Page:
Governance lies at the heart of the capacity of water based social-ecological systems to manage resilience. Case studies of North American water basins reveal that the massive engineering of these systems have facilitated economic and social development to meet objectives of navigation, irrigation, flood control, hydropower, safe drinking water, recreation and pollution abatement. To meet these goals, the governance and management of these systems successfully stabilized key hydrologic and ecosystem processes, which in turn led to a decline in ecological resilience and adaptive capacity. While efforts to recover lost ecosystem functions within managed river systems are underway, the capacity to adapt to these restoration efforts and the system in general to ongoing climate change, is hindered by physical infrastructure, legal fragmentation and governmental inflexibility. Response to accelerating change and the inadequacy of fragmented legal regimes is apparent in emergence of self-organized governance at the problem or basin-regional scale. Such self-organization is categorized as adaptive governance or in this application, adaptive water governance. Self-organization alone will not allow adaptation to keep pace with accelerating global change and climate uncertainty. Adaptive water governance requires government facilitation to build adaptive capacity in time to respond to change and ensure that greater involvement of private actors and increased flexibility do not come at the expense of legitimacy, transparency, accountability, equity and justice.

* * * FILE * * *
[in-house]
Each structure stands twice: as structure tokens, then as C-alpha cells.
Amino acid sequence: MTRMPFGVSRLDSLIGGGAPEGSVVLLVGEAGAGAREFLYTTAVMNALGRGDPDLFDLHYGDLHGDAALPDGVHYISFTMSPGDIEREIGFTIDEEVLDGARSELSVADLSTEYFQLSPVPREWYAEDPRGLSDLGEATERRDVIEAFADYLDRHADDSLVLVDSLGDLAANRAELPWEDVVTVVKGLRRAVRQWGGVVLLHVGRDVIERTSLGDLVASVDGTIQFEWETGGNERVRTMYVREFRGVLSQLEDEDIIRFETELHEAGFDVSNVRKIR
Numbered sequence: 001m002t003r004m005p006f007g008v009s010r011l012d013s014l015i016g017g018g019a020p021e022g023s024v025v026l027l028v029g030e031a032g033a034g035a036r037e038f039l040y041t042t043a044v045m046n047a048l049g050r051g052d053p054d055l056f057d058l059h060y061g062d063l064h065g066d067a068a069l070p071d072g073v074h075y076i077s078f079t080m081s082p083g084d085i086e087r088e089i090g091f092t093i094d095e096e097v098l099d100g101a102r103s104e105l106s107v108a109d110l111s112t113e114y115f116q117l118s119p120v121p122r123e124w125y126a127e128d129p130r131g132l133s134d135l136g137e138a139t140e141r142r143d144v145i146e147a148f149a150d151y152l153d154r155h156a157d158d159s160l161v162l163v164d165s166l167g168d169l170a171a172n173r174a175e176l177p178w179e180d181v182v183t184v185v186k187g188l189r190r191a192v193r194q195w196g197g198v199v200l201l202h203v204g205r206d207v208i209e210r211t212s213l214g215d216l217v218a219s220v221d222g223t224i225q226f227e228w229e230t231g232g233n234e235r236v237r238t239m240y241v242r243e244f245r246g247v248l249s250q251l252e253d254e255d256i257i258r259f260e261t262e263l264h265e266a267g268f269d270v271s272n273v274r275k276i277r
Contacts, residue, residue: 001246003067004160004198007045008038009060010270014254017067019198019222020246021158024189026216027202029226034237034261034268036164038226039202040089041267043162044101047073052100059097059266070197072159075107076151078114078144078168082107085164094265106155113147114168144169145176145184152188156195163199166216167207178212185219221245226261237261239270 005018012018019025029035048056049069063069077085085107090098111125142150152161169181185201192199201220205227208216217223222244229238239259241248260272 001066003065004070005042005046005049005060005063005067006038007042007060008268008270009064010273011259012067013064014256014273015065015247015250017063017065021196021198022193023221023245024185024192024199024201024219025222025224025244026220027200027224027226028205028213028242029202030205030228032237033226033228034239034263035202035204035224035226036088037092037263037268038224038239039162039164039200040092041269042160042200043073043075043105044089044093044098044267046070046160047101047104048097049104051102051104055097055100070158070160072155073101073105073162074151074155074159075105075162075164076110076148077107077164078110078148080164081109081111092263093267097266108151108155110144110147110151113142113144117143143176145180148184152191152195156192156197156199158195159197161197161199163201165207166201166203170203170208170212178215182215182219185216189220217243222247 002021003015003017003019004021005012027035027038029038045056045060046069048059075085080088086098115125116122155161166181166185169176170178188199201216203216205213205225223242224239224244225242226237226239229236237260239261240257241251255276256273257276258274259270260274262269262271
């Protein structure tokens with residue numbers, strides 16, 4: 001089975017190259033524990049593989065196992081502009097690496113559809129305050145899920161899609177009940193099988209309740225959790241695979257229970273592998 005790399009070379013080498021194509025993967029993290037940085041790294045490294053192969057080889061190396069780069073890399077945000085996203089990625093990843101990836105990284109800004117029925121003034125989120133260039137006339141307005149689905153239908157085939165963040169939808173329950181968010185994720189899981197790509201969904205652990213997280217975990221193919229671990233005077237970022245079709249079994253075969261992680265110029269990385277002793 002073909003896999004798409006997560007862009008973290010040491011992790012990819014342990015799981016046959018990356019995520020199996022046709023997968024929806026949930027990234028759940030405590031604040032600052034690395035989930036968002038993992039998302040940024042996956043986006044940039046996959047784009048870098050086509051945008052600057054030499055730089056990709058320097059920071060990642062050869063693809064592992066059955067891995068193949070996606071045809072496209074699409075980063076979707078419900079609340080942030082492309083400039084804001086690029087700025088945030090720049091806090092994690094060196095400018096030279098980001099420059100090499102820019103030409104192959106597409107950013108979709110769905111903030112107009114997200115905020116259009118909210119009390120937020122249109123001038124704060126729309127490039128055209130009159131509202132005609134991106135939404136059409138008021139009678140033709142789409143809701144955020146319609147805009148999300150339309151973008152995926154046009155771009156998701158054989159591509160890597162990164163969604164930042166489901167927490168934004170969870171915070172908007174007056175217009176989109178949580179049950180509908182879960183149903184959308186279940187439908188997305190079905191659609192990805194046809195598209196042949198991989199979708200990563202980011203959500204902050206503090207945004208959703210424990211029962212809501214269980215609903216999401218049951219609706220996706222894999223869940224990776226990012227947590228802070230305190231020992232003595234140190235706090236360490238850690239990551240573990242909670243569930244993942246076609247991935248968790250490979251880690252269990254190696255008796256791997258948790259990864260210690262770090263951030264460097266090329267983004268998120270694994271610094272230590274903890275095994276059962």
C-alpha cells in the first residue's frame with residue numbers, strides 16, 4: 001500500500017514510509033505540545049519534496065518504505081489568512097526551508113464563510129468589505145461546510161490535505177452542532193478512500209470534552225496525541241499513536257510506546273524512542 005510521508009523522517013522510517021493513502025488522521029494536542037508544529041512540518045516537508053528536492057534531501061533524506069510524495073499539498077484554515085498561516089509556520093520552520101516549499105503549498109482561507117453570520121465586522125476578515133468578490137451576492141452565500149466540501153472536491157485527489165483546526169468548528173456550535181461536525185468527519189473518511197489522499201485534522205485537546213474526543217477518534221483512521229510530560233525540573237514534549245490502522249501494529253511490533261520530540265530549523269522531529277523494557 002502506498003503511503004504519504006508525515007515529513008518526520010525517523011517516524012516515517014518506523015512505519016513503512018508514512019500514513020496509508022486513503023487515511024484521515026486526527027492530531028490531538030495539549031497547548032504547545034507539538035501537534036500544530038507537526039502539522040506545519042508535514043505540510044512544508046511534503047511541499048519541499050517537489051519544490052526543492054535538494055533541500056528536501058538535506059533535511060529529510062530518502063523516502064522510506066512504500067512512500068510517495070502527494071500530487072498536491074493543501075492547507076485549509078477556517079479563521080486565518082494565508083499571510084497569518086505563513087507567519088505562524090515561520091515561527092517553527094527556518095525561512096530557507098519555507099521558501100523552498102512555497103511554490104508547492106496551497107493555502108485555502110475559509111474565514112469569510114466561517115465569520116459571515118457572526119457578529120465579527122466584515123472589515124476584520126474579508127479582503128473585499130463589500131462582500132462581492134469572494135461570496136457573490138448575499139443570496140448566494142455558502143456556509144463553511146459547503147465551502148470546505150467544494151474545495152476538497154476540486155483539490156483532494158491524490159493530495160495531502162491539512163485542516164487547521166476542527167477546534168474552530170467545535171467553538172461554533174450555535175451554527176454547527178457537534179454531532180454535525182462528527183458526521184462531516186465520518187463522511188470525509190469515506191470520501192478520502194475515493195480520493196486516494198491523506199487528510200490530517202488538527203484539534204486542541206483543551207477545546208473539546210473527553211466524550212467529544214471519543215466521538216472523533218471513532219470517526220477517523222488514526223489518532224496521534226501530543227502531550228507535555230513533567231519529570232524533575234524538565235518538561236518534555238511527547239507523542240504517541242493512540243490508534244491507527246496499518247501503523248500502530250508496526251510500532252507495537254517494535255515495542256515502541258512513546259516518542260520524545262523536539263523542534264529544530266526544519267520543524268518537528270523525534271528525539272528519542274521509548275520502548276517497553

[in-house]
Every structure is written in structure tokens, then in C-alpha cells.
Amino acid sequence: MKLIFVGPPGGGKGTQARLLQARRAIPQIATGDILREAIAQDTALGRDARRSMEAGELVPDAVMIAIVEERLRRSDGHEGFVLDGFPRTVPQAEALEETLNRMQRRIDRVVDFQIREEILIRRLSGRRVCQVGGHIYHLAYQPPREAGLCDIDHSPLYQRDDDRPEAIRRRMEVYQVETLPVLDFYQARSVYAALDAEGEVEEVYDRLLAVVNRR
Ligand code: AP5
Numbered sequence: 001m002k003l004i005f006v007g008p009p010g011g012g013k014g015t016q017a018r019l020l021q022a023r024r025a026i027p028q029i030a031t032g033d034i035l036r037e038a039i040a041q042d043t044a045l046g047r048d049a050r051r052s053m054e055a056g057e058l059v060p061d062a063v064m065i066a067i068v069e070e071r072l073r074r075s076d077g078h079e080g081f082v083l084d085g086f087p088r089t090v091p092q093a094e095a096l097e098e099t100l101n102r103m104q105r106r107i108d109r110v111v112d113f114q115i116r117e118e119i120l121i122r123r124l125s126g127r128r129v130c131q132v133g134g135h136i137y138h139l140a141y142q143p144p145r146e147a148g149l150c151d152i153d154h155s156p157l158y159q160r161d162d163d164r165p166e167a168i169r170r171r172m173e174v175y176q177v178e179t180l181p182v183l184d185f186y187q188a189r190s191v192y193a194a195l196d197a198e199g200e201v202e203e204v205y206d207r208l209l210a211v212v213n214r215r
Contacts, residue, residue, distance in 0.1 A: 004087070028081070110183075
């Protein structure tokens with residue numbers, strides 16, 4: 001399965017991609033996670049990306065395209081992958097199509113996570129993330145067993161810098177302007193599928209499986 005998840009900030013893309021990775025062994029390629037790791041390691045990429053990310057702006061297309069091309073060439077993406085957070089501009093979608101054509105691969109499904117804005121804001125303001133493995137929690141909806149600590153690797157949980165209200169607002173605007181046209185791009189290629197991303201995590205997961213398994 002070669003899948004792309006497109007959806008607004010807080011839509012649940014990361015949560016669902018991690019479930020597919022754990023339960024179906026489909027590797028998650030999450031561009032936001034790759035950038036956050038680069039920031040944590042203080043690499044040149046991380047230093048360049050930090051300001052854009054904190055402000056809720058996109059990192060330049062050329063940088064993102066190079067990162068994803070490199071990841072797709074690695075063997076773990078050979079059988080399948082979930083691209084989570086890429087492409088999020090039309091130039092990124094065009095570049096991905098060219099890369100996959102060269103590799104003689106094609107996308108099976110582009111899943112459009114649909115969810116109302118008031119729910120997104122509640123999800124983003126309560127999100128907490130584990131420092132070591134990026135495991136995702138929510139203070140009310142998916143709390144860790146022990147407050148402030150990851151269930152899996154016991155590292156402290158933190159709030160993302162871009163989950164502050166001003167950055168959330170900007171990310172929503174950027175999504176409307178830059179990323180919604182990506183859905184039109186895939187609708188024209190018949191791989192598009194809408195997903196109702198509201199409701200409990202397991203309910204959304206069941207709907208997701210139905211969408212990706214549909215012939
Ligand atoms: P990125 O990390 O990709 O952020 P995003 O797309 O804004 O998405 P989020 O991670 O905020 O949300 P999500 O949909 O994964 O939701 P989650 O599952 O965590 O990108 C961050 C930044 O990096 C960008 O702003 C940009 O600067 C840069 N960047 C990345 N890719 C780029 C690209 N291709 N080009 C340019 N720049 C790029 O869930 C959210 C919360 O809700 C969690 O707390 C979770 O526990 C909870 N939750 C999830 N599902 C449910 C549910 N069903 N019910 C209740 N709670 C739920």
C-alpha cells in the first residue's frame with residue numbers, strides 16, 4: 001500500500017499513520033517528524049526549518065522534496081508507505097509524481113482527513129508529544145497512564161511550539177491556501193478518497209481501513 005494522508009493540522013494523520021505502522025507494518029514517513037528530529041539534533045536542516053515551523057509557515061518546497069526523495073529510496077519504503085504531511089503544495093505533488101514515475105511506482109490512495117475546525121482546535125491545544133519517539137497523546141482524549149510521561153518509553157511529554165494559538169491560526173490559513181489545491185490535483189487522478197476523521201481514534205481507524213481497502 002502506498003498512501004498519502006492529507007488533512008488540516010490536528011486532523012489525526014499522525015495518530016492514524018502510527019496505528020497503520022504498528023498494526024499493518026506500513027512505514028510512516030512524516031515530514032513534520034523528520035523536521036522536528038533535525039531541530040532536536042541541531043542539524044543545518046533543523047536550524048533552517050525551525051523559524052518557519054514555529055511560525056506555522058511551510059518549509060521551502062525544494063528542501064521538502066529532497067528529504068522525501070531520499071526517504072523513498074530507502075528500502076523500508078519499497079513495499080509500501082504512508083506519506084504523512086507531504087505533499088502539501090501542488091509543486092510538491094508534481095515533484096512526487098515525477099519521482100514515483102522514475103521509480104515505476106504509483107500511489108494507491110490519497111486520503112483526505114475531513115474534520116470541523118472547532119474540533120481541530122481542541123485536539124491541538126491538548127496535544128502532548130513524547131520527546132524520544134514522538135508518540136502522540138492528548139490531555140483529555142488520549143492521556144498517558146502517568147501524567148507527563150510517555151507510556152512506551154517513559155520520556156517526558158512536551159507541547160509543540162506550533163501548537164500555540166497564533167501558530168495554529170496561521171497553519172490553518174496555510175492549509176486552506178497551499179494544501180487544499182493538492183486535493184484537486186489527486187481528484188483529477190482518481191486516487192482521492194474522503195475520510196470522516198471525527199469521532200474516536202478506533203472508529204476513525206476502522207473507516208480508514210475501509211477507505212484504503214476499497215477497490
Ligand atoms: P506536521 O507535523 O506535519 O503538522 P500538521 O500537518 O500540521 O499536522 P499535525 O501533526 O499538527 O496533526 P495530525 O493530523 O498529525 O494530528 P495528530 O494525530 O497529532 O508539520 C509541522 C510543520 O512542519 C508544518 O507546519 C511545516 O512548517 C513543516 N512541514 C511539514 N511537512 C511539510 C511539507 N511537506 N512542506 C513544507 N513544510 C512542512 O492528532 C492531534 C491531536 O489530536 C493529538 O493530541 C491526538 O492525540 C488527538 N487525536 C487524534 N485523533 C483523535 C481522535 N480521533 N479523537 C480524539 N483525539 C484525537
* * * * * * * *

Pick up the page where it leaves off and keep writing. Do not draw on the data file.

Adaptive Governance in North American Water Systems: A Legal Perspective on Resilience and Reconciliation
Springer International Publishing
Article published in Ecology and Society
Article published in Idaho Law Review